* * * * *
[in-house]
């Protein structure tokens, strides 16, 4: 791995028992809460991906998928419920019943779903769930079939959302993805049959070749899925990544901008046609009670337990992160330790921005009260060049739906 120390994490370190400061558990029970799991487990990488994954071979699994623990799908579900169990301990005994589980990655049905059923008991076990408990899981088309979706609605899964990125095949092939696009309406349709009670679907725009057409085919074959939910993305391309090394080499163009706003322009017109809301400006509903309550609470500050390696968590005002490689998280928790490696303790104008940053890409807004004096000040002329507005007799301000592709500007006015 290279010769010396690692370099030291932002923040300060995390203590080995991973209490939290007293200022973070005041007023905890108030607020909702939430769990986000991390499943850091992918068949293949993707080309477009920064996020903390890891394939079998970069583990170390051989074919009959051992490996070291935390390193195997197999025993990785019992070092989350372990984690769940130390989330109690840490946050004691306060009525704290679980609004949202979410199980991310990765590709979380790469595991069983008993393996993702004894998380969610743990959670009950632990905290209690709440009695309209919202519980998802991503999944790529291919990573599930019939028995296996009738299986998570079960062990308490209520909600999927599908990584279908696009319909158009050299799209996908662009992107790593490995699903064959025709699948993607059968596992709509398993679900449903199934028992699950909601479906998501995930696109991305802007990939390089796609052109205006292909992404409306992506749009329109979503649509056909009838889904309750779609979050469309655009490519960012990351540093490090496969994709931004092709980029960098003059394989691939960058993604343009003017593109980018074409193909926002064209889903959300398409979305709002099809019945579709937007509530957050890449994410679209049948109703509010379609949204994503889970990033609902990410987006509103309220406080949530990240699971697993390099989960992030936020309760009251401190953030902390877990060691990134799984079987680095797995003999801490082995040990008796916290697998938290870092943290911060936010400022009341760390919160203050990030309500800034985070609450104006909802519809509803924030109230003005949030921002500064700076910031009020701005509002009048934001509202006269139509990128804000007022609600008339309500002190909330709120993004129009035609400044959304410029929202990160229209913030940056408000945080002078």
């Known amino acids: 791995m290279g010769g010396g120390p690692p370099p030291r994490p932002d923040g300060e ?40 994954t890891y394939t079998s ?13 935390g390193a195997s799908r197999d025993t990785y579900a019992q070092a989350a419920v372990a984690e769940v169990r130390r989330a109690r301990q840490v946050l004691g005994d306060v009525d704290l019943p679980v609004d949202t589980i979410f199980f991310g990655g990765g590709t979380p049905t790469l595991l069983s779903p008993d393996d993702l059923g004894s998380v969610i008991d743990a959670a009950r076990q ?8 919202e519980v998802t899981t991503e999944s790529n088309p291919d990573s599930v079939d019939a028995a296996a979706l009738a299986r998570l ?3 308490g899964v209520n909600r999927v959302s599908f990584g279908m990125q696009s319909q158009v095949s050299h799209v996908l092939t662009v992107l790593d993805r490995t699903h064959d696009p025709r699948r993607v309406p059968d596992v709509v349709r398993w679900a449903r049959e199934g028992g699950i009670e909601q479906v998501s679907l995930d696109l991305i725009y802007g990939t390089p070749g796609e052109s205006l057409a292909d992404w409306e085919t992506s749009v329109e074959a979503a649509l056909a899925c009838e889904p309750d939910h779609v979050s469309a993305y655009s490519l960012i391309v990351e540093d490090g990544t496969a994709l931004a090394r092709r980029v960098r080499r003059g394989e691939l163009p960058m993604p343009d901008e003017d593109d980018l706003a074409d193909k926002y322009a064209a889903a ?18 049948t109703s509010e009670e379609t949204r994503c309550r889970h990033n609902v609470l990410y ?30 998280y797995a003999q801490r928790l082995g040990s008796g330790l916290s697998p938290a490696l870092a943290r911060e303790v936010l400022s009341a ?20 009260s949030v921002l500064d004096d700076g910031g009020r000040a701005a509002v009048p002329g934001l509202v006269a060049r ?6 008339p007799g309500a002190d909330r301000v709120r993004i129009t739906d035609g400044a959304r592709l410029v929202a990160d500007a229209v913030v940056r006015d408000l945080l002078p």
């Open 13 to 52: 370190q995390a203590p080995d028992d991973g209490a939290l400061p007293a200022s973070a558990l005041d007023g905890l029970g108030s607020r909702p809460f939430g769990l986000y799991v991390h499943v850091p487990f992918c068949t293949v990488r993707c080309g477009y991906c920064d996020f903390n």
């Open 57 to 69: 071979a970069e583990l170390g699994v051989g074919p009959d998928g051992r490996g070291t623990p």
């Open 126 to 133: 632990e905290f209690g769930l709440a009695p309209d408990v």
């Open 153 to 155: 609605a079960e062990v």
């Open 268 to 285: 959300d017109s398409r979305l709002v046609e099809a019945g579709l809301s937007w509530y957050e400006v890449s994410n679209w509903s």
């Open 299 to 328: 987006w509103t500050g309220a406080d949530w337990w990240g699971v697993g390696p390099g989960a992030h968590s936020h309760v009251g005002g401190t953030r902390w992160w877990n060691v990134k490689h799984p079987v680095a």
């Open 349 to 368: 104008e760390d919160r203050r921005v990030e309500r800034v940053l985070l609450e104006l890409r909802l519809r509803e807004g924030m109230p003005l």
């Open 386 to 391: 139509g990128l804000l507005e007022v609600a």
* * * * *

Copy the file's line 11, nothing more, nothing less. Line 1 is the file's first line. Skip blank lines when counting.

């Open 386 to 391: 139509g990128l804000l507005e007022v609600a």